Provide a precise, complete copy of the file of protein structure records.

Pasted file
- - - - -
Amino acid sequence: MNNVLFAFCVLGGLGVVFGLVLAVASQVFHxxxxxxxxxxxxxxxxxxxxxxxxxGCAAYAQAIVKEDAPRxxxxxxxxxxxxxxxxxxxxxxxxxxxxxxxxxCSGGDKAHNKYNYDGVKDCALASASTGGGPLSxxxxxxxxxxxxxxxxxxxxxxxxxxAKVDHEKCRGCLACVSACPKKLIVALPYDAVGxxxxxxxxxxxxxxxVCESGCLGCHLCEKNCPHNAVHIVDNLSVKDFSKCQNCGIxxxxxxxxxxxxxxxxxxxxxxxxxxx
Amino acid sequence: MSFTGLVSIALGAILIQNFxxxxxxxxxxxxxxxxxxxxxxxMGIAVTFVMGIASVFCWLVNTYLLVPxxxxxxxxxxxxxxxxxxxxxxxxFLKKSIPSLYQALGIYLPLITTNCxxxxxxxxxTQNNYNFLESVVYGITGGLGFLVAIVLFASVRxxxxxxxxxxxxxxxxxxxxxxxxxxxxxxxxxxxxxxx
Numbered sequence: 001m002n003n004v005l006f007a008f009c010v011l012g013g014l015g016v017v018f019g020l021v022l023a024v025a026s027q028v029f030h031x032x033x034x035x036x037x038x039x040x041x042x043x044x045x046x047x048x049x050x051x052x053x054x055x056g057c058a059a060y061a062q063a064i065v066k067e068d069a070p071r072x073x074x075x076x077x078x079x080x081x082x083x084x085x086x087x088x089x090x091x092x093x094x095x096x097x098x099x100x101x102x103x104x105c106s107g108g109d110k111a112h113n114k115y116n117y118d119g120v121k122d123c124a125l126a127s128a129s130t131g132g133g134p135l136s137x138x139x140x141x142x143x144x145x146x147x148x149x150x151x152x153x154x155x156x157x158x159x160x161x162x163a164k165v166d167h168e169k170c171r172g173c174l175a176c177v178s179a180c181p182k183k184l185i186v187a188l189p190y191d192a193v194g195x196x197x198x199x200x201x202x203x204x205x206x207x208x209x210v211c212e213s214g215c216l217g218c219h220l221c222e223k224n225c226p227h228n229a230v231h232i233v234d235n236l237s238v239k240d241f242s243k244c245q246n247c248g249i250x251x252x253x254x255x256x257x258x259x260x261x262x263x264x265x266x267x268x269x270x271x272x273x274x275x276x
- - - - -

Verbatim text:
Amino acid sequence: MNNVLFAFCVLGGLGVVFGLVLAVASQVFHxxxxxxxxxxxxxxxxxxxxxxxxxGCAAYAQAIVKEDAPRxxxxxxxxxxxxxxxxxxxxxxxxxxxxxxxxxCSGGDKAHNKYNYDGVKDCALASASTGGGPLSxxxxxxxxxxxxxxxxxxxxxxxxxxAKVDHEKCRGCLACVSACPKKLIVALPYDAVGxxxxxxxxxxxxxxxVCESGCLGCHLCEKNCPHNAVHIVDNLSVKDFSKCQNCGIxxxxxxxxxxxxxxxxxxxxxxxxxxx
Amino acid sequence: MSFTGLVSIALGAILIQNFxxxxxxxxxxxxxxxxxxxxxxxMGIAVTFVMGIASVFCWLVNTYLLVPxxxxxxxxxxxxxxxxxxxxxxxxFLKKSIPSLYQALGIYLPLITTNCxxxxxxxxxTQNNYNFLESVVYGITGGLGFLVAIVLFASVRxxxxxxxxxxxxxxxxxxxxxxxxxxxxxxxxxxxxxxx
Numbered sequence: 001m002n003n004v005l006f007a008f009c010v011l012g013g014l015g016v017v018f019g020l021v022l023a024v025a026s027q028v029f030h031x032x033x034x035x036x037x038x039x040x041x042x043x044x045x046x047x048x049x050x051x052x053x054x055x056g057c058a059a060y061a062q063a064i065v066k067e068d069a070p071r072x073x074x075x076x077x078x079x080x081x082x083x084x085x086x087x088x089x090x091x092x093x094x095x096x097x098x099x100x101x102x103x104x105c106s107g108g109d110k111a112h113n114k115y116n117y118d119g120v121k122d123c124a125l126a127s128a129s130t131g132g133g134p135l136s137x138x139x140x141x142x143x144x145x146x147x148x149x150x151x152x153x154x155x156x157x158x159x160x161x162x163a164k165v166d167h168e169k170c171r172g173c174l175a176c177v178s179a180c181p182k183k184l185i186v187a188l189p190y191d192a193v194g195x196x197x198x199x200x201x202x203x204x205x206x207x208x209x210v211c212e213s214g215c216l217g218c219h220l221c222e223k224n225c226p227h228n229a230v231h232i233v234d235n236l237s238v239k240d241f242s243k244c245q246n247c248g249i250x251x252x253x254x255x256x257x258x259x260x261x262x263x264x265x266x267x268x269x270x271x272x273x274x275x276x